The body responds to infectious agents such as bacteria and viruses by identifying proteins that are specific to these agents, known as epitopes, and using them to generate immune cells that will selectively recognize and destroy infected cells.
HIV escapes immune detection by accumulating mutations in epitopes that are recognized by T cells, a type of immune cell that can kill virus-infected cells.
These mutations prevent T cell recognition and allow the virus to survive. In the Journal of Clinical Investigation, researchers led by Nilu Goonetilleke at Oxford University measured T cell responses in 17 patients during different stages of HIV-1 infection.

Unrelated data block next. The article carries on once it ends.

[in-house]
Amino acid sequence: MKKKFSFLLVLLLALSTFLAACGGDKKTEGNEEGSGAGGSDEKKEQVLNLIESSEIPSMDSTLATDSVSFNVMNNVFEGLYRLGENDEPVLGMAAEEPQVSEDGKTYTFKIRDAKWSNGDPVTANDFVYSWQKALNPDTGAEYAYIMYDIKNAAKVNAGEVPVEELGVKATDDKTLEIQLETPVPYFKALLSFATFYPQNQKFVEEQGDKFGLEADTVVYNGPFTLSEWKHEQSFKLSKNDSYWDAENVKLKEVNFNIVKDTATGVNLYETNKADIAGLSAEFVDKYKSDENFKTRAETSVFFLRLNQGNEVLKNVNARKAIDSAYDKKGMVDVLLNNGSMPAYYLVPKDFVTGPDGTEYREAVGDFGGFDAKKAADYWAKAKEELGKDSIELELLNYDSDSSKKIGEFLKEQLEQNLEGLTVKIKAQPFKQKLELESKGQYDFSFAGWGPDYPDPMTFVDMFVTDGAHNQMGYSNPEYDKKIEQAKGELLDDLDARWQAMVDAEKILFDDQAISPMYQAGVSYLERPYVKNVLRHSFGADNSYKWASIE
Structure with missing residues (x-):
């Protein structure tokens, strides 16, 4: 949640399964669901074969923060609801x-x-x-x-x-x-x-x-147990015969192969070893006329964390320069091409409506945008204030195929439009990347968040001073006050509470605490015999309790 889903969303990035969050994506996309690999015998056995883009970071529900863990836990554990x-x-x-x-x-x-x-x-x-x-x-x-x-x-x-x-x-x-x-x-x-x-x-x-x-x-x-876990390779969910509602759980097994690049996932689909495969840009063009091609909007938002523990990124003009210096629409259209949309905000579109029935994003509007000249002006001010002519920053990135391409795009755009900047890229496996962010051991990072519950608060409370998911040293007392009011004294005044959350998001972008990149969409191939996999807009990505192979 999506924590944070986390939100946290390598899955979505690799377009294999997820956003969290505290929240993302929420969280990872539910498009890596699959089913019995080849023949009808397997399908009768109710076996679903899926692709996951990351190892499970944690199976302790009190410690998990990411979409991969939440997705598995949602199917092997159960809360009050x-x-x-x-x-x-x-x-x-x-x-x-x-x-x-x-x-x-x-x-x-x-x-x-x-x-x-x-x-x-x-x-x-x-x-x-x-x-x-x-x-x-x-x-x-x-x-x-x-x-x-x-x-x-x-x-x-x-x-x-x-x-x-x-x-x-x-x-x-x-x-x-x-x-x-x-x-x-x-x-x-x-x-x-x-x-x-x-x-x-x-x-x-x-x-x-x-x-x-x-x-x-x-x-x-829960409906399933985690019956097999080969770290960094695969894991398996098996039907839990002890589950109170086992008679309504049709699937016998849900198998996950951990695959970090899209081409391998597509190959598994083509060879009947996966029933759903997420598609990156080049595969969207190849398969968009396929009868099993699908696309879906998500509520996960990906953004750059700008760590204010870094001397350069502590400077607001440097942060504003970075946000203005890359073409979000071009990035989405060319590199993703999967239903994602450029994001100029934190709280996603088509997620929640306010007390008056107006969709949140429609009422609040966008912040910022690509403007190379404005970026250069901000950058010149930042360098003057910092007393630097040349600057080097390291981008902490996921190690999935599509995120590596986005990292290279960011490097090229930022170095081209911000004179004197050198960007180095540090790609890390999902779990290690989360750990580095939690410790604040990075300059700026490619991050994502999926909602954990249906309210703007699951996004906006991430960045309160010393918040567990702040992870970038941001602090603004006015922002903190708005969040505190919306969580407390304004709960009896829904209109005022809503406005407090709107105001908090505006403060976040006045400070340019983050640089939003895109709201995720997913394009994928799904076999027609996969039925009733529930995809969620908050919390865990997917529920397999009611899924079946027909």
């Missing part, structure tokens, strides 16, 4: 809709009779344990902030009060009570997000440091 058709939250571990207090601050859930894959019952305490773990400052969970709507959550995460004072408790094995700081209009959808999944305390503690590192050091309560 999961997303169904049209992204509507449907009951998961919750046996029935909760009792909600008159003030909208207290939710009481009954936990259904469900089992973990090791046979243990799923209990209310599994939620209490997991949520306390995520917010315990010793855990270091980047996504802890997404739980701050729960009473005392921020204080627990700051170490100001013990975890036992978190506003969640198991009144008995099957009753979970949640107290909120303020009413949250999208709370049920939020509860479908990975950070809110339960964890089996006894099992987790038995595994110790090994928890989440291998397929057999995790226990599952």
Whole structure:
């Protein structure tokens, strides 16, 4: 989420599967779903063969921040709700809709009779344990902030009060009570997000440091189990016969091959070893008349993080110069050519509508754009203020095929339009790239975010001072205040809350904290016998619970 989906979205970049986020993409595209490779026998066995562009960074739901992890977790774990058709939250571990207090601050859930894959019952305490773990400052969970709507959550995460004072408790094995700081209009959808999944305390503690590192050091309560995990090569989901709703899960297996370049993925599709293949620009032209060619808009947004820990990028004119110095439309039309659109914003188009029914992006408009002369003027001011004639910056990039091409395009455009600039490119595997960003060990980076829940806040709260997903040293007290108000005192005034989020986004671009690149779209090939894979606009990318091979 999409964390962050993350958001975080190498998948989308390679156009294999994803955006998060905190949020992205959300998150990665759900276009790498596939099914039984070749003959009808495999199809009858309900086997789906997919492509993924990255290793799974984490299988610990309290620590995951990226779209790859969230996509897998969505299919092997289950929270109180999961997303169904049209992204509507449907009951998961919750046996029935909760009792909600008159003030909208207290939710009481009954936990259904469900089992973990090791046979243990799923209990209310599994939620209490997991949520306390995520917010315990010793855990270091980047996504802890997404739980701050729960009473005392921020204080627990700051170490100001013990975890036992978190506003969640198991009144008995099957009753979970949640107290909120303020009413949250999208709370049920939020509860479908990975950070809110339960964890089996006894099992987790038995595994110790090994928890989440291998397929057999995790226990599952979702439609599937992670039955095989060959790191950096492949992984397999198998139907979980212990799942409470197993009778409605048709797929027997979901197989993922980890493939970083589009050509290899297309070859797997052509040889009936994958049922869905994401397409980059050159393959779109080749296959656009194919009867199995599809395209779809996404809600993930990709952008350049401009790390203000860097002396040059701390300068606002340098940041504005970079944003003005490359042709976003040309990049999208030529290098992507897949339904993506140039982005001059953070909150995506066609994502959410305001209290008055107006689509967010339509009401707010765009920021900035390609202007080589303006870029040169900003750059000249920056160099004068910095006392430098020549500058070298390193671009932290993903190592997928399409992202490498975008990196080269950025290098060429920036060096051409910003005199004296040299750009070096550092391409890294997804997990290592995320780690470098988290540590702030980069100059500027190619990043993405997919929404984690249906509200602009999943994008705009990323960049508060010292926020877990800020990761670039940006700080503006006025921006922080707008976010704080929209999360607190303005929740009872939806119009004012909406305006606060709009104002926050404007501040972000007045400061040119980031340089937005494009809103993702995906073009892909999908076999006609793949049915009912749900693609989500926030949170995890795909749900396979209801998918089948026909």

These studies allowed Goonetilleke and colleagues to correlate T cell responses with the length of time it took the virus to escape immune detection and provide insight into how T cells respond to and influence HIV during the early stages of infection.
The results of these studies may have implications for HIV vaccine design.
TITLE: Vertical T cell immunodominance and epitope entropy determine HIV-1 escape